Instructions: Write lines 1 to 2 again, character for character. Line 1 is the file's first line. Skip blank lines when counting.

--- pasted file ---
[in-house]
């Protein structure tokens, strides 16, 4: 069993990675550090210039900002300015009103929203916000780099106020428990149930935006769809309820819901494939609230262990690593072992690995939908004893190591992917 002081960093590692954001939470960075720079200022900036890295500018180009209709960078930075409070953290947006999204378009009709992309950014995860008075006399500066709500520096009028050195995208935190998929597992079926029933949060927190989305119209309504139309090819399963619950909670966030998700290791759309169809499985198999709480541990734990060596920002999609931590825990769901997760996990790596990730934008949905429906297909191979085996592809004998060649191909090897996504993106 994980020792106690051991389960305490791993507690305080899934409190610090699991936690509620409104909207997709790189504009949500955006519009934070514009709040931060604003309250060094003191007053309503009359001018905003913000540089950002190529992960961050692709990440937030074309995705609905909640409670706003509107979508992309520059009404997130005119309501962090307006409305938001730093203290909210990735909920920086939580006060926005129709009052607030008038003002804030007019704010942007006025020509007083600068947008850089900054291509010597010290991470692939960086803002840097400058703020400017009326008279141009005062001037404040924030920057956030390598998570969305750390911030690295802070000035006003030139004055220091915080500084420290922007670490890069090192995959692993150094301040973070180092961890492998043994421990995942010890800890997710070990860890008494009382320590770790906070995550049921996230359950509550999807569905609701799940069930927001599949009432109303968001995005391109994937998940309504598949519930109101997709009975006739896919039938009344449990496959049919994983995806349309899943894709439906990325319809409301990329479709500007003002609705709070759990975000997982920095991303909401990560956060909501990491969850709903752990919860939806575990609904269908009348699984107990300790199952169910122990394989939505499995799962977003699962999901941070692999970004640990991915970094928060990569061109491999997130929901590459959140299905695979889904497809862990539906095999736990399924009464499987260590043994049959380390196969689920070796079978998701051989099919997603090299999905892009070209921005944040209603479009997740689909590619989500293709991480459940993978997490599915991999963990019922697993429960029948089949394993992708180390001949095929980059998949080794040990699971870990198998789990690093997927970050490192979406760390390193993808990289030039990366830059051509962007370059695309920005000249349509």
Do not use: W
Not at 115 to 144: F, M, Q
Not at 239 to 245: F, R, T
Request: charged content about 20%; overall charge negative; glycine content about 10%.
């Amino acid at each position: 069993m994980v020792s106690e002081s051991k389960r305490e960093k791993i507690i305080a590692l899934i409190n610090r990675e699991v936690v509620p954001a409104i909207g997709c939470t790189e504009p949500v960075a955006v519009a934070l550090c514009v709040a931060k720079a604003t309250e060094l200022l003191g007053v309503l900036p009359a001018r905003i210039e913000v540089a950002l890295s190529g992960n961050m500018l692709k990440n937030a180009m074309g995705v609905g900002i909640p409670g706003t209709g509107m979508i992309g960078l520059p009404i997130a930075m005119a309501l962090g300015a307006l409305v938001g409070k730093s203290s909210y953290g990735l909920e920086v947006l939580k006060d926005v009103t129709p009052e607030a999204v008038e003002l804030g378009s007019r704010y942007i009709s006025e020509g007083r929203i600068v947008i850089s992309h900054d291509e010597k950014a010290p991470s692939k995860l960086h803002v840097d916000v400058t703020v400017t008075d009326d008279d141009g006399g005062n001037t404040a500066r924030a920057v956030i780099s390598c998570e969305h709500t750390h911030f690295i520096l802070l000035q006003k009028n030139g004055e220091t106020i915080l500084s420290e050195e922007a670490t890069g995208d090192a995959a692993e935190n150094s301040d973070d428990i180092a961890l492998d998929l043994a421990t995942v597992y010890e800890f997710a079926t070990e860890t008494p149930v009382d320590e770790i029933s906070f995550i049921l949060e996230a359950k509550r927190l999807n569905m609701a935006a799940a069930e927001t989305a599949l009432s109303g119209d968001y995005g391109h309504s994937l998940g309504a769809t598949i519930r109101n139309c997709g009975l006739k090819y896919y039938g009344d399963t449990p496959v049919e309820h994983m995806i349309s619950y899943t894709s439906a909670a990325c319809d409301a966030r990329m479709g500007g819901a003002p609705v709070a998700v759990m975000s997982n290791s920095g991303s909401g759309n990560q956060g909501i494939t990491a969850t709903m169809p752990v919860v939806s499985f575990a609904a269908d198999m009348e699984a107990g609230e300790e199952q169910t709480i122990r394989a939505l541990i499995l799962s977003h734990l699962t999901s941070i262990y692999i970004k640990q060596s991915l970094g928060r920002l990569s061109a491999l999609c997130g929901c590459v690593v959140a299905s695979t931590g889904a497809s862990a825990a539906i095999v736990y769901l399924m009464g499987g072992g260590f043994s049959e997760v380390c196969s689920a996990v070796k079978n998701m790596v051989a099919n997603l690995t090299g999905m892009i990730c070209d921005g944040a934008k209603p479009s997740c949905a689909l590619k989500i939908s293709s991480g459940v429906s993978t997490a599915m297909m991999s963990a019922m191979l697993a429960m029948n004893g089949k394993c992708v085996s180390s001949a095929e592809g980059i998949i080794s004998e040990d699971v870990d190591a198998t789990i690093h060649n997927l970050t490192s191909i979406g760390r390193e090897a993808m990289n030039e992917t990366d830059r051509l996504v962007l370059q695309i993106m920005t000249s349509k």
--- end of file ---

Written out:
[in-house]
């Protein structure tokens, strides 16, 4: 069993990675550090210039900002300015009103929203916000780099106020428990149930935006769809309820819901494939609230262990690593072992690995939908004893190591992917 002081960093590692954001939470960075720079200022900036890295500018180009209709960078930075409070953290947006999204378009009709992309950014995860008075006399500066709500520096009028050195995208935190998929597992079926029933949060927190989305119209309504139309090819399963619950909670966030998700290791759309169809499985198999709480541990734990060596920002999609931590825990769901997760996990790596990730934008949905429906297909191979085996592809004998060649191909090897996504993106 994980020792106690051991389960305490791993507690305080899934409190610090699991936690509620409104909207997709790189504009949500955006519009934070514009709040931060604003309250060094003191007053309503009359001018905003913000540089950002190529992960961050692709990440937030074309995705609905909640409670706003509107979508992309520059009404997130005119309501962090307006409305938001730093203290909210990735909920920086939580006060926005129709009052607030008038003002804030007019704010942007006025020509007083600068947008850089900054291509010597010290991470692939960086803002840097400058703020400017009326008279141009005062001037404040924030920057956030390598998570969305750390911030690295802070000035006003030139004055220091915080500084420290922007670490890069090192995959692993150094301040973070180092961890492998043994421990995942010890800890997710070990860890008494009382320590770790906070995550049921996230359950509550999807569905609701799940069930927001599949009432109303968001995005391109994937998940309504598949519930109101997709009975006739896919039938009344449990496959049919994983995806349309899943894709439906990325319809409301990329479709500007003002609705709070759990975000997982920095991303909401990560956060909501990491969850709903752990919860939806575990609904269908009348699984107990300790199952169910122990394989939505499995799962977003699962999901941070692999970004640990991915970094928060990569061109491999997130929901590459959140299905695979889904497809862990539906095999736990399924009464499987260590043994049959380390196969689920070796079978998701051989099919997603090299999905892009070209921005944040209603479009997740689909590619989500293709991480459940993978997490599915991999963990019922697993429960029948089949394993992708180390001949095929980059998949080794040990699971870990198998789990690093997927970050490192979406760390390193993808990289030039990366830059051509962007370059695309920005000249349509």